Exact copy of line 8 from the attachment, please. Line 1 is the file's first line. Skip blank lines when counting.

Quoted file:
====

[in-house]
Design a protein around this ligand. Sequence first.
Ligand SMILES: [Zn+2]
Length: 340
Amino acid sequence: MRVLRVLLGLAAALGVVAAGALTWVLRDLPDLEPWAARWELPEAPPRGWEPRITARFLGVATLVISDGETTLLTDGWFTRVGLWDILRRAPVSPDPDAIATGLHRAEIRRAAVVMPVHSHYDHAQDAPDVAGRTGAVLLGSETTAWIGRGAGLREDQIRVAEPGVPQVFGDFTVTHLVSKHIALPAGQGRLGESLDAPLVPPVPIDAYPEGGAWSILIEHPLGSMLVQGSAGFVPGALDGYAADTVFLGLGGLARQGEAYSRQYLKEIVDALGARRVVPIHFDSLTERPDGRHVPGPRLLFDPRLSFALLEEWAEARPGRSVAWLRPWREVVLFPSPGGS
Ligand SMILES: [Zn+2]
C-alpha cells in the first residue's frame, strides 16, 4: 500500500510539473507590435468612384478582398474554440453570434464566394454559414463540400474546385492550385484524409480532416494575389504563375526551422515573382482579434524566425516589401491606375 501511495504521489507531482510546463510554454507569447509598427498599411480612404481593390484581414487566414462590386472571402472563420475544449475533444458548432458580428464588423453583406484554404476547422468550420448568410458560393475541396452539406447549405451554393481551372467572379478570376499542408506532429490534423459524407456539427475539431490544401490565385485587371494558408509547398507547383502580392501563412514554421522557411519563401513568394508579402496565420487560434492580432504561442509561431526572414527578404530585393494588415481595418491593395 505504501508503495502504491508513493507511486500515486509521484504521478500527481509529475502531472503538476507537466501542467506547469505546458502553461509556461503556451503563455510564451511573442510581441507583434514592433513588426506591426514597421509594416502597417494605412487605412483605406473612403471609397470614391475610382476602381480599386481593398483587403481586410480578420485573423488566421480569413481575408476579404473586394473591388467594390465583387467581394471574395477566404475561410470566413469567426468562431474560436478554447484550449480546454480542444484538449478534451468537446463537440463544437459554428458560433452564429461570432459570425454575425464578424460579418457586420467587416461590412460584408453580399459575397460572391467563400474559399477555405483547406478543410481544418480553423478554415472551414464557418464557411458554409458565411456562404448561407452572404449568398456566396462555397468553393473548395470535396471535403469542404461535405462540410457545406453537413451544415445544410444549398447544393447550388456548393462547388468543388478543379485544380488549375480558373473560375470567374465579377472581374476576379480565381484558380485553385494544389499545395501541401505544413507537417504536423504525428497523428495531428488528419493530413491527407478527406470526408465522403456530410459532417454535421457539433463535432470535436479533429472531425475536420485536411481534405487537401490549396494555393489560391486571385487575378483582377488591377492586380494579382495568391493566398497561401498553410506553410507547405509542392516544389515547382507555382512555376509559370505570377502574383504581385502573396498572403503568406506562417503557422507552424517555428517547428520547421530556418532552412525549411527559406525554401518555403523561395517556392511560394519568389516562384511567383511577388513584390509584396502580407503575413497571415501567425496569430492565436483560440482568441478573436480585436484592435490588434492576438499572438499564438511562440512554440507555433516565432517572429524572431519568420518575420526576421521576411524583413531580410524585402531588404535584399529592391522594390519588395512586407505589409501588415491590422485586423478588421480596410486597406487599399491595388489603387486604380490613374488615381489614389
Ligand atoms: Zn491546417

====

Ligand atoms: Zn491546417